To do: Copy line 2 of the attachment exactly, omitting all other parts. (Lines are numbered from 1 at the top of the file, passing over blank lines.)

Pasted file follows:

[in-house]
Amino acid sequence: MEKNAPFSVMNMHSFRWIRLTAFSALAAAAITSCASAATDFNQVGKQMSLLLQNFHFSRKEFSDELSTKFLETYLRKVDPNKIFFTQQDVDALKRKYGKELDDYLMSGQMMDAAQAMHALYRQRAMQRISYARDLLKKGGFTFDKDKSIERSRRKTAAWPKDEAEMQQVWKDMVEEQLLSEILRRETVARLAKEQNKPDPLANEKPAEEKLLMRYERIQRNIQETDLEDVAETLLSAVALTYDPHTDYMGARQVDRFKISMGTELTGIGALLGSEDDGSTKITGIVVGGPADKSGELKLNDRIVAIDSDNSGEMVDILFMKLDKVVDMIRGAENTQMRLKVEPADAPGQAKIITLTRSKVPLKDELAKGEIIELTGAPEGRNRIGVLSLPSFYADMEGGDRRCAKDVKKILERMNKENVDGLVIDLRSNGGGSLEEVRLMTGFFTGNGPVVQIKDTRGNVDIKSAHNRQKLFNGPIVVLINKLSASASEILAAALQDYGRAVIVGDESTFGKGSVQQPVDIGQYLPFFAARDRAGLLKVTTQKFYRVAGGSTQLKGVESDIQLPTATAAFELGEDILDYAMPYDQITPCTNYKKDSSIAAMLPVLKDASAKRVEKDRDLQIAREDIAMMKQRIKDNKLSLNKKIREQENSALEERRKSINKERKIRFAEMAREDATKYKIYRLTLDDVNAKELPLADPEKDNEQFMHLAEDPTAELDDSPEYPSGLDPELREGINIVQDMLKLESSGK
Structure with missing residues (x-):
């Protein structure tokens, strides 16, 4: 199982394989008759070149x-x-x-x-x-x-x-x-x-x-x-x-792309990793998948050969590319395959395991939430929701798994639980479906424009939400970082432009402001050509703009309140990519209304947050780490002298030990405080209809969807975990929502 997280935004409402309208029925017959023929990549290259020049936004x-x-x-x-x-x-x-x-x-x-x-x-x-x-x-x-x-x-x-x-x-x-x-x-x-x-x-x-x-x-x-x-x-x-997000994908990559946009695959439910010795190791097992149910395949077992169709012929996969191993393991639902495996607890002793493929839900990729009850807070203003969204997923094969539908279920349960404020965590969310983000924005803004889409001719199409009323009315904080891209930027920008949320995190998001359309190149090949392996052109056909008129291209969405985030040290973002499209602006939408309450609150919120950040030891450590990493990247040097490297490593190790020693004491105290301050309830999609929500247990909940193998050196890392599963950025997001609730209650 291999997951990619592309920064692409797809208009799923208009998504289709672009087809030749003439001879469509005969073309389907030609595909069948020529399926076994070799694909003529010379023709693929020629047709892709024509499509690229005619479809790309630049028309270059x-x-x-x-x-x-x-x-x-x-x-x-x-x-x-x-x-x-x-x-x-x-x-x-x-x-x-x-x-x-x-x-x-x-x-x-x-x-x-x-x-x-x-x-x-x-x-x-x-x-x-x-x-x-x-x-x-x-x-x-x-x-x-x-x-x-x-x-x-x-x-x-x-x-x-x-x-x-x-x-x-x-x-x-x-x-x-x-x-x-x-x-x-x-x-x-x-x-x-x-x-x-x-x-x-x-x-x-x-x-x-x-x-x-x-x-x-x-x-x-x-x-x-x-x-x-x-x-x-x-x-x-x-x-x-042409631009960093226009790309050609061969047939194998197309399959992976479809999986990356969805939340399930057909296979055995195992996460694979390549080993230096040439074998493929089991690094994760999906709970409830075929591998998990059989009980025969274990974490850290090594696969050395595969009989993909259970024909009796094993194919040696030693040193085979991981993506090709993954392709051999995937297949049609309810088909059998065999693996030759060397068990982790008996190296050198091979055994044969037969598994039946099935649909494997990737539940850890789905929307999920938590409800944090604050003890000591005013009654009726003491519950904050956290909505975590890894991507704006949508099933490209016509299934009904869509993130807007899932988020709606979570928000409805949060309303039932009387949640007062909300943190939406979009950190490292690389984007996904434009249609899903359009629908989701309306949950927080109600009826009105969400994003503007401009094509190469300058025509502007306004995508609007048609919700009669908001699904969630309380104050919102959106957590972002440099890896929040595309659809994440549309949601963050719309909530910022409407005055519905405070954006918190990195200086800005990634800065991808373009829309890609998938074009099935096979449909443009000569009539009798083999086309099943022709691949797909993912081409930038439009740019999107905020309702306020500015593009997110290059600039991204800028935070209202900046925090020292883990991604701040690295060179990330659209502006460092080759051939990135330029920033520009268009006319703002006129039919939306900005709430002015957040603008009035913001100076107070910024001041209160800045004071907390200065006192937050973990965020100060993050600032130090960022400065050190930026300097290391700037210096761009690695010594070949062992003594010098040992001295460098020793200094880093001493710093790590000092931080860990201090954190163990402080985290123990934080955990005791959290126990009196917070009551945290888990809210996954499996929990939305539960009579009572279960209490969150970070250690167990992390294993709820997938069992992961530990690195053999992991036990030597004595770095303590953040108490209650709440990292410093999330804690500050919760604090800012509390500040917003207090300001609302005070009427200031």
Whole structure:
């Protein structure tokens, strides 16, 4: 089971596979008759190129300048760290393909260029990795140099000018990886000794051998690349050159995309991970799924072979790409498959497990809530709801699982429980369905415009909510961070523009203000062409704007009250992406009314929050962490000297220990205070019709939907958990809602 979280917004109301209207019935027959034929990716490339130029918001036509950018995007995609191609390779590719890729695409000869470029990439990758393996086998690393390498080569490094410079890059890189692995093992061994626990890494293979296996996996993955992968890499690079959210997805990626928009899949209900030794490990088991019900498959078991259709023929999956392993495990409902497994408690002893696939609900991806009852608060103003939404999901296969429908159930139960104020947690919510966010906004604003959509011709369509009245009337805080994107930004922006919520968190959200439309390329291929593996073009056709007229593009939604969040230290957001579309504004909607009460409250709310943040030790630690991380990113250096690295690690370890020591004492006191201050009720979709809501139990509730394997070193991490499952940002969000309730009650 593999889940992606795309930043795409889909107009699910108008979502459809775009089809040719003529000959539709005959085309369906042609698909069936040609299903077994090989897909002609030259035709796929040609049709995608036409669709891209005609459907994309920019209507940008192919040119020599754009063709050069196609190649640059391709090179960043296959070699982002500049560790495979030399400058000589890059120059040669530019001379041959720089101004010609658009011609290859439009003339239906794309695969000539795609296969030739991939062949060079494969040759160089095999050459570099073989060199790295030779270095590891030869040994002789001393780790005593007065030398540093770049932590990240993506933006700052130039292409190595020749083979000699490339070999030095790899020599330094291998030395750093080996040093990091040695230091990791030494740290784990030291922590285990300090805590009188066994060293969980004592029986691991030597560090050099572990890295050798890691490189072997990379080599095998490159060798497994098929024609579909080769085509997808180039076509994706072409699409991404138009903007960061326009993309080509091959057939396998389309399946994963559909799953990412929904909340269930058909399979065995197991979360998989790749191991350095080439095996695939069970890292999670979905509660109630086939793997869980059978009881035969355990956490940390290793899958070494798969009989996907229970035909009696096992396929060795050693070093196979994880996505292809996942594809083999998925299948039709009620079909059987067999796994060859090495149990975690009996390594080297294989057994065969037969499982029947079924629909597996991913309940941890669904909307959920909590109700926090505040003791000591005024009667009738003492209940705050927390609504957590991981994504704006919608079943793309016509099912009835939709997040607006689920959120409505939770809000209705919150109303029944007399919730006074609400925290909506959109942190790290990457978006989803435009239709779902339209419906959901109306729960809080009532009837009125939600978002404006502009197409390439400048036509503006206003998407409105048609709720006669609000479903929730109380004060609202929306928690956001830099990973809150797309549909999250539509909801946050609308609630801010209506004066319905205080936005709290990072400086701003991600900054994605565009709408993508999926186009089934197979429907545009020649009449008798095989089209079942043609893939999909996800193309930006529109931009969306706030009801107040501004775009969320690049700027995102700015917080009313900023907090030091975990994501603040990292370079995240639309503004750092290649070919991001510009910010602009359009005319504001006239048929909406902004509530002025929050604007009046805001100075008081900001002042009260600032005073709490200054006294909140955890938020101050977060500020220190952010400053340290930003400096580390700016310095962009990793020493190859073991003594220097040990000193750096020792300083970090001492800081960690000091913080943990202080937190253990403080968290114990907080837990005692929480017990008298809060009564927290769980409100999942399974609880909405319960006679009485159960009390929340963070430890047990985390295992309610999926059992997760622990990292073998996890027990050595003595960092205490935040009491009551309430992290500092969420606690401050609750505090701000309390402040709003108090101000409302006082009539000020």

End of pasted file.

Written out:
Amino acid sequence: MEKNAPFSVMNMHSFRWIRLTAFSALAAAAITSCASAATDFNQVGKQMSLLLQNFHFSRKEFSDELSTKFLETYLRKVDPNKIFFTQQDVDALKRKYGKELDDYLMSGQMMDAAQAMHALYRQRAMQRISYARDLLKKGGFTFDKDKSIERSRRKTAAWPKDEAEMQQVWKDMVEEQLLSEILRRETVARLAKEQNKPDPLANEKPAEEKLLMRYERIQRNIQETDLEDVAETLLSAVALTYDPHTDYMGARQVDRFKISMGTELTGIGALLGSEDDGSTKITGIVVGGPADKSGELKLNDRIVAIDSDNSGEMVDILFMKLDKVVDMIRGAENTQMRLKVEPADAPGQAKIITLTRSKVPLKDELAKGEIIELTGAPEGRNRIGVLSLPSFYADMEGGDRRCAKDVKKILERMNKENVDGLVIDLRSNGGGSLEEVRLMTGFFTGNGPVVQIKDTRGNVDIKSAHNRQKLFNGPIVVLINKLSASASEILAAALQDYGRAVIVGDESTFGKGSVQQPVDIGQYLPFFAARDRAGLLKVTTQKFYRVAGGSTQLKGVESDIQLPTATAAFELGEDILDYAMPYDQITPCTNYKKDSSIAAMLPVLKDASAKRVEKDRDLQIAREDIAMMKQRIKDNKLSLNKKIREQENSALEERRKSINKERKIRFAEMAREDATKYKIYRLTLDDVNAKELPLADPEKDNEQFMHLAEDPTAELDDSPEYPSGLDPELREGINIVQDMLKLESSGK